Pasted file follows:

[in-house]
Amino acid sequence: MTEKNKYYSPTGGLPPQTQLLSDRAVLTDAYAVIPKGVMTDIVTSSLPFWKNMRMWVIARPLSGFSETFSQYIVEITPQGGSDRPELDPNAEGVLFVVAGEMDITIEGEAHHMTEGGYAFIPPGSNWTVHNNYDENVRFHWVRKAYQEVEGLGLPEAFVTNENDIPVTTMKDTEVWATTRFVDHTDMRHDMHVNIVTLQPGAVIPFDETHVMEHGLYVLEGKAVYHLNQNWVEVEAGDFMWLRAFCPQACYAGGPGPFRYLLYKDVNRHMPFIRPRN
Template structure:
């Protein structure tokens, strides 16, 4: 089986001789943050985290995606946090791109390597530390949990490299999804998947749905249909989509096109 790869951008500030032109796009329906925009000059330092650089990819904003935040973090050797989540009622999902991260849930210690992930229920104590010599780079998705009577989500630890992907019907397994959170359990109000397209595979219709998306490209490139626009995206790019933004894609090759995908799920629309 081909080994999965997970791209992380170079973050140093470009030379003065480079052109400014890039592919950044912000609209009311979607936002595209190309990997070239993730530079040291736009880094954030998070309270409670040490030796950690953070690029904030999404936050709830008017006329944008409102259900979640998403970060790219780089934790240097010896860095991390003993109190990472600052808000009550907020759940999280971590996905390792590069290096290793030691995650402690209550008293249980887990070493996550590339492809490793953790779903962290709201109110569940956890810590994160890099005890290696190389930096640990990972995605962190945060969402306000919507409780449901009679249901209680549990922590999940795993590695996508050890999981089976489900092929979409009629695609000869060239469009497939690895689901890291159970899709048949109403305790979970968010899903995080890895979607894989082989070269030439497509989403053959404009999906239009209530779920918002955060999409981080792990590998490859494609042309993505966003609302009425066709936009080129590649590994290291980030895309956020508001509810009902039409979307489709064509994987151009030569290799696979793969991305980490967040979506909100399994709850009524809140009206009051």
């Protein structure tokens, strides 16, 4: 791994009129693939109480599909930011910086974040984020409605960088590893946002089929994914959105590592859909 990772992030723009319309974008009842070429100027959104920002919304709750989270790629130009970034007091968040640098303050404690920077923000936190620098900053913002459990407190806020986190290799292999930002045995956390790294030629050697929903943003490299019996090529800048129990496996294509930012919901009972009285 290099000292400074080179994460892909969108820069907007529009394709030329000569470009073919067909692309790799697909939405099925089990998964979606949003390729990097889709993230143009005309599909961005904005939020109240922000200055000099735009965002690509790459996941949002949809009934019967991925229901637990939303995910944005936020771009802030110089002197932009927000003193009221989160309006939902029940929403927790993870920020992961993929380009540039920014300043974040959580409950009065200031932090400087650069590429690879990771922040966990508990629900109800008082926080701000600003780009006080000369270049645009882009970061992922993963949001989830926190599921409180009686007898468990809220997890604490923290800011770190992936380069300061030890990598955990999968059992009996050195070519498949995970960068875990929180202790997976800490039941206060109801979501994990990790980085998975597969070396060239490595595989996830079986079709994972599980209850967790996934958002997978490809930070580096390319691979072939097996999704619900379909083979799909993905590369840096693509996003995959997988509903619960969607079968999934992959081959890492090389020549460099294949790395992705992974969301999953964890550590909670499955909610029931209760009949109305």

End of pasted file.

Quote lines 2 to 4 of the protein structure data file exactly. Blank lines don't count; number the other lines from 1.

Amino acid sequence: MTEKNKYYSPTGGLPPQTQLLSDRAVLTDAYAVIPKGVMTDIVTSSLPFWKNMRMWVIARPLSGFSETFSQYIVEITPQGGSDRPELDPNAEGVLFVVAGEMDITIEGEAHHMTEGGYAFIPPGSNWTVHNNYDENVRFHWVRKAYQEVEGLGLPEAFVTNENDIPVTTMKDTEVWATTRFVDHTDMRHDMHVNIVTLQPGAVIPFDETHVMEHGLYVLEGKAVYHLNQNWVEVEAGDFMWLRAFCPQACYAGGPGPFRYLLYKDVNRHMPFIRPRN
Template structure:
């Protein structure tokens, strides 16, 4: 089986001789943050985290995606946090791109390597530390949990490299999804998947749905249909989509096109 790869951008500030032109796009329906925009000059330092650089990819904003935040973090050797989540009622999902991260849930210690992930229920104590010599780079998705009577989500630890992907019907397994959170359990109000397209595979219709998306490209490139626009995206790019933004894609090759995908799920629309 081909080994999965997970791209992380170079973050140093470009030379003065480079052109400014890039592919950044912000609209009311979607936002595209190309990997070239993730530079040291736009880094954030998070309270409670040490030796950690953070690029904030999404936050709830008017006329944008409102259900979640998403970060790219780089934790240097010896860095991390003993109190990472600052808000009550907020759940999280971590996905390792590069290096290793030691995650402690209550008293249980887990070493996550590339492809490793953790779903962290709201109110569940956890810590994160890099005890290696190389930096640990990972995605962190945060969402306000919507409780449901009679249901209680549990922590999940795993590695996508050890999981089976489900092929979409009629695609000869060239469009497939690895689901890291159970899709048949109403305790979970968010899903995080890895979607894989082989070269030439497509989403053959404009999906239009209530779920918002955060999409981080792990590998490859494609042309993505966003609302009425066709936009080129590649590994290291980030895309956020508001509810009902039409979307489709064509994987151009030569290799696979793969991305980490967040979506909100399994709850009524809140009206009051």